As far as homeless folks go, they most definitely have a "day to day" mindset. I will say, however, most long term homeless folks come from homes where there was serious physical & sexual abuse (and the attendant drug/alcohol abuse that goes along with the other two)...and those are huge barriers to overcome.

There is no question, most legal immigrants are better with money. But they are a self selected group. As you say yourself, both you and your wife came from fairly nurturing 2 parent families. That makes a huge difference in terms of wealth building.

@MoneySheep.

I don't think our poster is psychologically ready for entrepreneurship. If he had the right mindset, he could have stayed at his 6 figure job in Chicago and kept his expenses low ('cause Chicago's COL is pretty reasonable compared to the NE metros or California). And instead of buying a 40K SUV on credit, he could have invested the difference. By his early 30s he could have been at least half way to financial independence, but that's not likely to happen for him now.

@Mark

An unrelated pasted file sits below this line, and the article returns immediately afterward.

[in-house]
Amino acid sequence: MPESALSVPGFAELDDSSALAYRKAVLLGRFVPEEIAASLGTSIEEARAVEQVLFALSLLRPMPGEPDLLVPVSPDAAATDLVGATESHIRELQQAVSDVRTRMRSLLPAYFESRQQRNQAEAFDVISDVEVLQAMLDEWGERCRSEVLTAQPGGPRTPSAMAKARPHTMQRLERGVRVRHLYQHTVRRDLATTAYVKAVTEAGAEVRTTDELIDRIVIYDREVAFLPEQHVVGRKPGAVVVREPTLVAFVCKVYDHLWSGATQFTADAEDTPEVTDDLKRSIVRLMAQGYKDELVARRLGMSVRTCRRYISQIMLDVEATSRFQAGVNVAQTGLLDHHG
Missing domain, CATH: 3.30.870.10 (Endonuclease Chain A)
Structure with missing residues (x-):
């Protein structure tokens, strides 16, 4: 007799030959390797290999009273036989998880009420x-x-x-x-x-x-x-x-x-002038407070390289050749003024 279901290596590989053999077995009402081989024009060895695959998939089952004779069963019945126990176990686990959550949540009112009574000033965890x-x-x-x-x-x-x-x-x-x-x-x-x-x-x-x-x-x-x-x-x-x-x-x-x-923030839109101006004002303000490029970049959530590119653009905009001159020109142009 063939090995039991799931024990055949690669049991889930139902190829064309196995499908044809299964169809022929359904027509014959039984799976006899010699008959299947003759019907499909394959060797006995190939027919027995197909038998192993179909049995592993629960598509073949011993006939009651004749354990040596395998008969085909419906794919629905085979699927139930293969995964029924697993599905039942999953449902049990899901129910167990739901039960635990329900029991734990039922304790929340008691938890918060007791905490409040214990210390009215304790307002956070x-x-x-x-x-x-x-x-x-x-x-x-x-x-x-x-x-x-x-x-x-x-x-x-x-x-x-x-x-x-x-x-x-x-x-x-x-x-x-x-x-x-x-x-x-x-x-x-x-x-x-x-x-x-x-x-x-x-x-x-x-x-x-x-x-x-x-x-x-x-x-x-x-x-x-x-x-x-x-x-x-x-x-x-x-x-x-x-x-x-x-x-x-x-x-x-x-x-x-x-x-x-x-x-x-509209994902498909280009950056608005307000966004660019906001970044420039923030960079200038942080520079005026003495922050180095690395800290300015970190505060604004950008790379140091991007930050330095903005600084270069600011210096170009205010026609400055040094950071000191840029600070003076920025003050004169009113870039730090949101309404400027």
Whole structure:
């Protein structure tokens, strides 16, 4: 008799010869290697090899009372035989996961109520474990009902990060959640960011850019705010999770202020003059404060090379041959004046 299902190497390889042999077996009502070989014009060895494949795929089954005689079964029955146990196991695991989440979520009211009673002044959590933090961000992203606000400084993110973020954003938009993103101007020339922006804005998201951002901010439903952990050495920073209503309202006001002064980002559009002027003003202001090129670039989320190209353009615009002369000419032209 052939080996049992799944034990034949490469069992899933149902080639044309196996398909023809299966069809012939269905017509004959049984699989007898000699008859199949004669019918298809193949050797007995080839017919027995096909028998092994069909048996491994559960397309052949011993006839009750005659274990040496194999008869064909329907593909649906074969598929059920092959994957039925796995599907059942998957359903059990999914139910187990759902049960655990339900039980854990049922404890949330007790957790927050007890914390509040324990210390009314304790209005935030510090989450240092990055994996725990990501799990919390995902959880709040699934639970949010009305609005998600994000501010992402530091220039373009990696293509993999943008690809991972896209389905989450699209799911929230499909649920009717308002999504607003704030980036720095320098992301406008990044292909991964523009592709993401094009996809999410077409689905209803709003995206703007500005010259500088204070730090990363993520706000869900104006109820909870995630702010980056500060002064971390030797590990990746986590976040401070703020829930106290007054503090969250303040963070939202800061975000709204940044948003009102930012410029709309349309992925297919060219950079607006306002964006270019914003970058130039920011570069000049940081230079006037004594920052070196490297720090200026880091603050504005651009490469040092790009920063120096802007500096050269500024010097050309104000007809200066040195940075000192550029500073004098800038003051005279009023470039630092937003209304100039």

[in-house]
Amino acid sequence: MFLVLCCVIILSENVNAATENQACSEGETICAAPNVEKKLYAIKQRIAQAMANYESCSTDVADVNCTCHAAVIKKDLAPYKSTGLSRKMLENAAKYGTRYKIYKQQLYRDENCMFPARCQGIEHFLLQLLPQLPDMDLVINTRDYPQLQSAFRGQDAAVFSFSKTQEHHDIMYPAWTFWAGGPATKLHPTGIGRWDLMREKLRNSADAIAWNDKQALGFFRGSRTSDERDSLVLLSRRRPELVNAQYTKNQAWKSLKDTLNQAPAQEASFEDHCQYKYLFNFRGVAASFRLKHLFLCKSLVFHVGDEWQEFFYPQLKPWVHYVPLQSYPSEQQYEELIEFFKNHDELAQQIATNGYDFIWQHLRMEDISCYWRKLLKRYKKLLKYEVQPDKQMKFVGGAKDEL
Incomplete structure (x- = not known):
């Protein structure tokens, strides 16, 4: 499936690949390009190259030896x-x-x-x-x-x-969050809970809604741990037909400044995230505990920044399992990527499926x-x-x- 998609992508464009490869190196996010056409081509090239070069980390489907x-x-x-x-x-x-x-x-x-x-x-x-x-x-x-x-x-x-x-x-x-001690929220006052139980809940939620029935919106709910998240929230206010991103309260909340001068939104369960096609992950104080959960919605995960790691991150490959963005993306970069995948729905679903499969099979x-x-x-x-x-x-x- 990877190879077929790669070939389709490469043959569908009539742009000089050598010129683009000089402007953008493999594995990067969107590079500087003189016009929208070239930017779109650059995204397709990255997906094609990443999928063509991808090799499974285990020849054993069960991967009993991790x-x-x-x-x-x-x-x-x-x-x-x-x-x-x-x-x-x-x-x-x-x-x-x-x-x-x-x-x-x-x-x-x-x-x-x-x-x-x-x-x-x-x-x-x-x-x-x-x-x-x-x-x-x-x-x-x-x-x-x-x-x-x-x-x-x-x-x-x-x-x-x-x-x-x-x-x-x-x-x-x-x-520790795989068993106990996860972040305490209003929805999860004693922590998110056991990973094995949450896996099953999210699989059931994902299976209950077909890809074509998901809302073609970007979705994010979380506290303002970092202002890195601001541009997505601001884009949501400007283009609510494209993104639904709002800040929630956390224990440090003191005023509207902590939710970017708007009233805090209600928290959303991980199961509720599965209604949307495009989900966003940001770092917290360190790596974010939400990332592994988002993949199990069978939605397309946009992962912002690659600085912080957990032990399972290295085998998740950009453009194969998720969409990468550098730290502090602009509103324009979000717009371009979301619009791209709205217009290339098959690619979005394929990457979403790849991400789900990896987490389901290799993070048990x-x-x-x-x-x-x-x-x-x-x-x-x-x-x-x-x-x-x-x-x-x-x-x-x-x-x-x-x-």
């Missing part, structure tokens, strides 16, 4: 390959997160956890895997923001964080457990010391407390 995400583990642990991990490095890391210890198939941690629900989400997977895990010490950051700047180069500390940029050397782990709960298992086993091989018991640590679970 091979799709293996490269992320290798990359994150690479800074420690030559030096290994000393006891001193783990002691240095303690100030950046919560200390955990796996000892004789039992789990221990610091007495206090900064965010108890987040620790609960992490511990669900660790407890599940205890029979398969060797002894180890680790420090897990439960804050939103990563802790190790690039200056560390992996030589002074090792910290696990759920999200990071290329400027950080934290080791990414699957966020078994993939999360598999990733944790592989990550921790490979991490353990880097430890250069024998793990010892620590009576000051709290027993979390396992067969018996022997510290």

I was born in 1934 and still remember the declaration of war between England and Germany in 1939. Looking out of my bedroom window I watched the soldiers marching down the main street, with bands playing, and on their way to the railway station and a train to take them to one of the embarkation locations. Being raised during WWII with the air raids and strict food rationing made a big impression on me. I also remember my mother taking me down to the "Clothing Exchange" where I could exchange the clothes that I had outgrown for larger ones. Another vivid memory I have is of a FW190 German plane passing so low over our home I could see the pilot, then two bombs falling from it followed by large explosions when they hit a nearby hotel that housed many Canadian airmen, killing quite a number. BTW the plane was being chased by Hurricane fighters and was shot down as it passed over the coast nearby. I think this is the kind of childhood that breeds frugality. The government motto that was pasted up everywhere was "Waste not - Want Not!"